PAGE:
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Date:	Wed, 18 Nov 2009 08:40:13 -0800
From:	"Andrew G. Morgan" <>
To:	"Serge E. Hallyn" <>
Cc:	Steve Grubb <>,
	lkml <>,,
	Kees Cook <>,
	Andreas Gruenbacher <>,
	Michael Kerrisk <>,
	George Wilson <>,
	KaiGai Kohei <>

On Tue, Nov 10, 2009 at 4:19 PM, Serge E. Hallyn <> wrote:
> Quoting Steve Grubb (
>> On Tuesday 10 November 2009 10:53:49 am Serge E. Hallyn wrote:
>> > > > Does anyone know of cases where CONFIG_SECURITY_FILE_CAPABILITIES=n
>> > > > is still perceived as useful?

[+1 for removing the option.]

>> > > As a library writer, I wished that the kernel behavior was either
>> > > consistent,  or there is an API that I can use to find out what model we
>> > > are operating under. The biggest issue is that for a distribution we know
>> > > the assumptions the distribution should be running under. But end users
>> > > are free to build their own kernel that has it disabled. This has already
>> > > lead to dbus not working at all.
>> > >
>> > > I also take issue with probing the capability version number returning
>> > > EINVAL  when its the only way to find out what the preferred version is.
>> >
>> > In 2007/2008, KaiGai had floated patches to export capability info
>> > over securityfs.  If it was something library writers and distros
>> > wanted, we could resurrect those patches - and tack on some info
>> > about cap-related kernel config.
>> Unfortunately, I would have to support the kernels from 2.6.26->2.6.32 which
>> presumably don't have this facility. So, I'm kind of stuck. I think in a
>> previous discussion you mentioned that I could call getcap or
>> prctl(PR_CAPBSET_READ) and check for CAP_SETPCAP. I think I have to go that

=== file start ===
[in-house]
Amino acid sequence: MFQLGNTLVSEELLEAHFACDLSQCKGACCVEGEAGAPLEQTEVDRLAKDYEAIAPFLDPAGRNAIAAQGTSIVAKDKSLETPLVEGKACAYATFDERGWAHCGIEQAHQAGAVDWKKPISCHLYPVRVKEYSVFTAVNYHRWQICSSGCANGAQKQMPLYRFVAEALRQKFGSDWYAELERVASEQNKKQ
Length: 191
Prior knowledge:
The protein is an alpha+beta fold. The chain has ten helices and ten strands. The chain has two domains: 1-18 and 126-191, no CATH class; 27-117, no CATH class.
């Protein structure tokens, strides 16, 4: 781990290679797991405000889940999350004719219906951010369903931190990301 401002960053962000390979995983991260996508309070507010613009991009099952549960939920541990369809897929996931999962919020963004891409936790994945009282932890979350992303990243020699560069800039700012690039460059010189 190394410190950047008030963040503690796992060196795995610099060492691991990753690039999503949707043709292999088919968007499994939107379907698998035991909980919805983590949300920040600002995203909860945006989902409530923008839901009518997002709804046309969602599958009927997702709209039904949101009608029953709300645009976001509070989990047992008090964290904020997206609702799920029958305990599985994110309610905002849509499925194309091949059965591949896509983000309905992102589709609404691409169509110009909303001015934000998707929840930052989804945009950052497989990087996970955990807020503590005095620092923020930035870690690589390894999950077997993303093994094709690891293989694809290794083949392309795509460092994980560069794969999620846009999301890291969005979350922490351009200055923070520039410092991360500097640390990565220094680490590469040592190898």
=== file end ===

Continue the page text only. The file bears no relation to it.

>> direction for backwards compatibility.
> Yes, I'm afraid so - unless /proc/config.gz happened to be available.
> I suppose looking through /proc/1/status might be more reliable
> actually, in case you were running in an already-partially-restricted
> process tree.
>> But back to detecting the capability version number...if I pass 0 as the
>> version in the header, why can't the kernel just say oh you want the preferred
>> version number, stuff it in the header, and return the syscall with success and
>> not EINVAL?
> This is something I believe Andrew has advocated in the past, but I
> forget why.  Andrew?

This is so a library can understand that it doesn't understand the
current ABI. For example, consider the case of some kernel of the
future with a different ABI meeting an old library.

The intention is for it to fail safe and not blunder on doing
"security" related operations with an imperfect idea of the current
kernel interface.

This is how libcap figures out it can work with the hosting kernel:;a=blob;f=libcap/cap_alloc.c;h=5fa5e9305c146529e297285befa03e7c5521e9ba;hb=HEAD

Does that help explain?

>> Another irritation...if I want to clear the bounding set, I have to make a for
>> loop and call prctl 34 times (once for each bit). I'd rather see a v4
>> capability that takes the bounding set as part of the same syscall. Maybe all
>> 3 of these could be fixed in the same OS release so that changing to v4 also
>> signifies the other behavior changes.

Please don't do this. The semantics of the bounding set are very
different from capabilities, and much more of an overkill hack to cope
with a naive capability inheritance world view and not really anything
to do with "the" privilege model that capabilities represent.

> I worry a bit about people confusing the bounding set as something
> more  flexible than it is, and/or getting lazy and using the bounding
> set instead of fI|pI .vs. fP, but am not solidly against this.

Completely agree with the sentiment here.

> Anyway, maybe we should get on thsi sooner rather than later...

Or, not at all... :-)

> Are there any other deficiencies people see  in the current
> API?

I think it is worth, humbly, asking folk to read over our paper again

and trying to grok what the model is before proposing changing it.


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